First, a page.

Pre-Hispanic cultures on the American continent settled in Mesoamerica, a geohistorical term that included the current northwestern territory of Mexico, Guatemala, El Salvador, Belize and western Honduras and Nicaragua, in some cases it also included the peninsula of Nicoya in Costa Rica.
The Olmec, Mayan, Mixtec, Mexican and Toltecs cultures had several activities in common:
Agricultural techniques; the cultivation of corn, beans, squash, chili, and chia, among others. Pyramidal architecture and construction of urban complexes. The preparation of the tortillas and practiced the ceremonial game of Ball. Developed commerce trade and formed systems of government. Their worldview presents discrepancies but also similarities, such as the importance of corn as a symbol used in creation.
As previously described, the Mayan culture occupied part of Mesoamerica in the southeastern region of Mexico, and Central America. As part of the Mayan worldview, there is the History of the Sun and the Moon, B'alam Q'e and Qana Po, this myth was compiled in its oldest version by the German farmer Paul Wirsing in 1909. The Cosmological links existed, as an example is one that occurred with their Gods, such as the lunar goddess or Aztec mother goddess, Tlazolteotl, who was related to the earth and the night, and was closely identified with a class of quail.
The story originated in the Gulf of Mexico and at the same time, it's also La Diosa del Tejido. Cotton is still being cultivated on these coasts. The representation of Mrs. Luna can be found in this region with a cotton headdress on her head. The city of Cobán, the 4th important city in Guatemala, is where the cult of the moon goddess originates and is both the mother goddess and the goddess of weaving. Their myths were expressed in the History of "The Sun and the Moon, Balam Q'e and Quana Po" and Los Cerros y el Corn, where Quana Po, the protagonist is narrated as a weaver and daughter of the supreme lord Cerro-Valle.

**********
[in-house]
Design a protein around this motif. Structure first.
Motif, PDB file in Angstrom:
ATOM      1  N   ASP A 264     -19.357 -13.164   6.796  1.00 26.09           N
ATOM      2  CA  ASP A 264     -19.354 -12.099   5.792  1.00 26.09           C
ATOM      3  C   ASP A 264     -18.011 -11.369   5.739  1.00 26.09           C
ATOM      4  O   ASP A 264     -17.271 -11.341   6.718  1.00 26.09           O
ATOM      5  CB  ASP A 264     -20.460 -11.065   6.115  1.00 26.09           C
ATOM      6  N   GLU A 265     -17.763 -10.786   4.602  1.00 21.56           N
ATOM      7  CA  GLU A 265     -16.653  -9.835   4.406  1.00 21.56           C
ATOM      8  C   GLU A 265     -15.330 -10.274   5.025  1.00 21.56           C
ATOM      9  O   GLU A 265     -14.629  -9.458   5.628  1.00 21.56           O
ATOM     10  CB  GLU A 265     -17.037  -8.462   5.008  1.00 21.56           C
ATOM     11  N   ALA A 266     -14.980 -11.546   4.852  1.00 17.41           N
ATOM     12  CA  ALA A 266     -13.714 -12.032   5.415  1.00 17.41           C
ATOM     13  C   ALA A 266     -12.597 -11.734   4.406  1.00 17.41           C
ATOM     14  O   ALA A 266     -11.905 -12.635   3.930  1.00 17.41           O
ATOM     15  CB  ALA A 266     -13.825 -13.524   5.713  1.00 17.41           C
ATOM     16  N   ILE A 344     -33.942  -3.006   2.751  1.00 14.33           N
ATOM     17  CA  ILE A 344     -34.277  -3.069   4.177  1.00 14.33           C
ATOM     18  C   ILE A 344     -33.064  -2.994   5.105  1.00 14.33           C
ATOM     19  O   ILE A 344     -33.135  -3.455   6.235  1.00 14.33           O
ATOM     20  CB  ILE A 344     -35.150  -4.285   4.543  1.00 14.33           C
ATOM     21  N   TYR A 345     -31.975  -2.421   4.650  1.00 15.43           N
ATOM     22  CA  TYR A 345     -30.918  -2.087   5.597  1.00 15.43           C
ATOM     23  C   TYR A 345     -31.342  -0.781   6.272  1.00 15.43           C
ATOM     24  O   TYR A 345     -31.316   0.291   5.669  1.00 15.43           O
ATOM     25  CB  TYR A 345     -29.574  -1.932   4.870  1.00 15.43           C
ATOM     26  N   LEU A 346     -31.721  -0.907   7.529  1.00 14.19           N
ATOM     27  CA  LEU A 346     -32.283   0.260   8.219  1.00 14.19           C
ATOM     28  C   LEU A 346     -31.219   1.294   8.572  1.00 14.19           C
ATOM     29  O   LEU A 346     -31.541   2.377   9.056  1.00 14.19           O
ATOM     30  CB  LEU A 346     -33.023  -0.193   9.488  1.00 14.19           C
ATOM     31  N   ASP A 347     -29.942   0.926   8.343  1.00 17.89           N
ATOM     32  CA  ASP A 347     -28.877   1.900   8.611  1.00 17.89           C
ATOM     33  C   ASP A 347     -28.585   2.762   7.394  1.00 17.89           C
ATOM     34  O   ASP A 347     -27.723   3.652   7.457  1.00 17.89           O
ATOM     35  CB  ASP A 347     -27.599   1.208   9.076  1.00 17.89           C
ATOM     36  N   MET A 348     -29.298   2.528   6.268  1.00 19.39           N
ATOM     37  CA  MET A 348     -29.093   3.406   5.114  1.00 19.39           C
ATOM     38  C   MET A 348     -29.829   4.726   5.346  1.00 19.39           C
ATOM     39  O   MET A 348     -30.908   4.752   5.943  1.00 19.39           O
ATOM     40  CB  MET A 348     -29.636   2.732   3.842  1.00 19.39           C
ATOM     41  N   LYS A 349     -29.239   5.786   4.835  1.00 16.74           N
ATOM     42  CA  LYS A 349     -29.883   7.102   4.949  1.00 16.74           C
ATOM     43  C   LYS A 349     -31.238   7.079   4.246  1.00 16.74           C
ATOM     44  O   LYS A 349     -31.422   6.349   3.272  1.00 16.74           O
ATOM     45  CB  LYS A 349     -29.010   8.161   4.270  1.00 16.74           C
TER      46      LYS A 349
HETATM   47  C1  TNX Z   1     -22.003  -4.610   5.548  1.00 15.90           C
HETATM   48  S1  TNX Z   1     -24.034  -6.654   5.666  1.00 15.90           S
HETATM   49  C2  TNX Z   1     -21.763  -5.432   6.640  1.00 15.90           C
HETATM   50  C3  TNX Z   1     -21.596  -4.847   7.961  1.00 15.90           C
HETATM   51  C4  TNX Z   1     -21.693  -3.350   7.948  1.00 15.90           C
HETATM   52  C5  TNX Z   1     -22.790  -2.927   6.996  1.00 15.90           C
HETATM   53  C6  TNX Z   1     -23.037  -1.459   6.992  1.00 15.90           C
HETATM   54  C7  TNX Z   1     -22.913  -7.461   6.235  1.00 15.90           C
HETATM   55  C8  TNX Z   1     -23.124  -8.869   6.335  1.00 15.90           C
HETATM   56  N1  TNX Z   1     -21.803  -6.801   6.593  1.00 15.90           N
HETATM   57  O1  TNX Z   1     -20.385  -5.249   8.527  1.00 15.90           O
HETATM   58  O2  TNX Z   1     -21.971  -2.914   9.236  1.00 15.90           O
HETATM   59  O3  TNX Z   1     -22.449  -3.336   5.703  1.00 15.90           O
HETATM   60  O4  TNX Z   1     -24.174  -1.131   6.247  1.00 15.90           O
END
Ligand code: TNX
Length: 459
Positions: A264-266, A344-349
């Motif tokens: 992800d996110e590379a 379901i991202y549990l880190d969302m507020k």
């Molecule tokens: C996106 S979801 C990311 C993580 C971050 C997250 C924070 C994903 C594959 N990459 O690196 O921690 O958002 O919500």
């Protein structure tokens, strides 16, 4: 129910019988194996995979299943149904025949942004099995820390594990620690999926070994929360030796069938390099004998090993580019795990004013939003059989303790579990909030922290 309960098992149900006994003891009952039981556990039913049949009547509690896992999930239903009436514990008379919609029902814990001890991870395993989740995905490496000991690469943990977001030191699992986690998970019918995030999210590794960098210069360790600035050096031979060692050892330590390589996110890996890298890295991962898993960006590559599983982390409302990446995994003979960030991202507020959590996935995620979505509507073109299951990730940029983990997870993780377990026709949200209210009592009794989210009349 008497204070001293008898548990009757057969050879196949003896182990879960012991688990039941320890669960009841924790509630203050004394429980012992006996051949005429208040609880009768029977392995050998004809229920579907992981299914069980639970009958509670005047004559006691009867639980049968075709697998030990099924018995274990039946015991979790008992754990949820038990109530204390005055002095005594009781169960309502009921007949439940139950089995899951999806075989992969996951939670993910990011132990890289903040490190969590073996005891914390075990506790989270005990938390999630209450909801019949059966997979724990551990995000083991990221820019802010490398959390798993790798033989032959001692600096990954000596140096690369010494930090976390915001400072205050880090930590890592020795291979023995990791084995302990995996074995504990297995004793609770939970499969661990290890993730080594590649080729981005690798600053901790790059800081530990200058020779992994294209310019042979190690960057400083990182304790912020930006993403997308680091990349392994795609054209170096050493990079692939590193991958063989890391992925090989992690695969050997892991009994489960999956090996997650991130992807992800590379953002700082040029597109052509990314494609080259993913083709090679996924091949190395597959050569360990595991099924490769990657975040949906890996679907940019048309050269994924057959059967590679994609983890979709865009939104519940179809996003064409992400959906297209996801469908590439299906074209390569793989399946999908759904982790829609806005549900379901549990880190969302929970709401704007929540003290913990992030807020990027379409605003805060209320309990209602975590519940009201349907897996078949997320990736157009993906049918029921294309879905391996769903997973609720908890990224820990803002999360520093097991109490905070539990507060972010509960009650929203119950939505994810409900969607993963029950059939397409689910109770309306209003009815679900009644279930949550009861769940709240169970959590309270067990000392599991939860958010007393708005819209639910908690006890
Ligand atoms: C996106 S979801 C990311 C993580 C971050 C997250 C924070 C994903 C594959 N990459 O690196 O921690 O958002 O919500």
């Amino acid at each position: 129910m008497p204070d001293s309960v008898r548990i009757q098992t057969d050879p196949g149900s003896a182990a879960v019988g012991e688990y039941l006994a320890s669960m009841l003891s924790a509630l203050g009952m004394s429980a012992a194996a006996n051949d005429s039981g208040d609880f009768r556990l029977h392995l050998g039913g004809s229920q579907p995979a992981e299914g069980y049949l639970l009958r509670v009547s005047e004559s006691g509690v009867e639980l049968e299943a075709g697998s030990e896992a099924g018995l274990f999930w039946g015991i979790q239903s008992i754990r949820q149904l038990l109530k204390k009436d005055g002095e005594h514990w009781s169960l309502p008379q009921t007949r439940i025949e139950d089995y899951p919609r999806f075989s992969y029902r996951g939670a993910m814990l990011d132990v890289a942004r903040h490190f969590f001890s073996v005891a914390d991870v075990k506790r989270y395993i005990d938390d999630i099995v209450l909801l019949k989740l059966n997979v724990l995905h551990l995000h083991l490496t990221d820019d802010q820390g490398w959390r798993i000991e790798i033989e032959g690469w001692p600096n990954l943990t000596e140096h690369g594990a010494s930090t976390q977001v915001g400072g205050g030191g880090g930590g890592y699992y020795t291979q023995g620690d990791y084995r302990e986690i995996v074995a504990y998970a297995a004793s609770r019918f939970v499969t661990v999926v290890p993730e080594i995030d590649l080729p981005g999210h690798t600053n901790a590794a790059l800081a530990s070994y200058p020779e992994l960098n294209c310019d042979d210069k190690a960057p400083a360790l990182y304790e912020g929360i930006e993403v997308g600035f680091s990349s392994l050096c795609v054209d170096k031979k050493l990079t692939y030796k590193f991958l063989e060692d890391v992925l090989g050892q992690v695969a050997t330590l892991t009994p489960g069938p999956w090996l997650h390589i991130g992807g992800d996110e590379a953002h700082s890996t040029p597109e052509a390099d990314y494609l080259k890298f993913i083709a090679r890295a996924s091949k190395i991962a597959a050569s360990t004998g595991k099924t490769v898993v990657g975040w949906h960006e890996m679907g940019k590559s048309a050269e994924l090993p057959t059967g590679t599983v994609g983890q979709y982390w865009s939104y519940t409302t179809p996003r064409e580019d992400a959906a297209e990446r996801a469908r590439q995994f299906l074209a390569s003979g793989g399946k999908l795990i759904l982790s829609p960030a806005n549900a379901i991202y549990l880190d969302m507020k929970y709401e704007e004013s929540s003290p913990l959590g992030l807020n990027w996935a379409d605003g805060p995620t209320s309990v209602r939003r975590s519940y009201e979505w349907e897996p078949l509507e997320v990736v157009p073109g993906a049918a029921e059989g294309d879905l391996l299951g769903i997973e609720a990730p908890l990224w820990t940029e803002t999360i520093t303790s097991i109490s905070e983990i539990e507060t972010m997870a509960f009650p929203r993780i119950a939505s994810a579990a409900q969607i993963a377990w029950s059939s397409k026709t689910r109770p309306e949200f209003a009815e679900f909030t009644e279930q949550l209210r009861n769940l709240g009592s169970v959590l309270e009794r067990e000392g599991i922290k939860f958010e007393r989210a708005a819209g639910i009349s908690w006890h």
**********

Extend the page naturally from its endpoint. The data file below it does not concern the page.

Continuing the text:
Madre Luna was named after the myth of the Sun and the Moon from the literary work, "Xib'alb'a and the Birth of the New Sun" by Dr. Ruud Van Akkeren in 2012. "Quana Po or Señora Luna" in Spanish culture represents a beautiful princess that is related with the "Moon Goddess" at the same time is the "Weaver Mother Goddess". Madre Luna was inspired from "Quana Po" as being a renovated mother who takes care of Mayan civilization culture.
Source: Xib’alb’a y el Nacimiento del Nuevo Sol, Una visión Postclásica del colapso Maya. Author: Anthropologist and Historian Ruud Van Akkeren.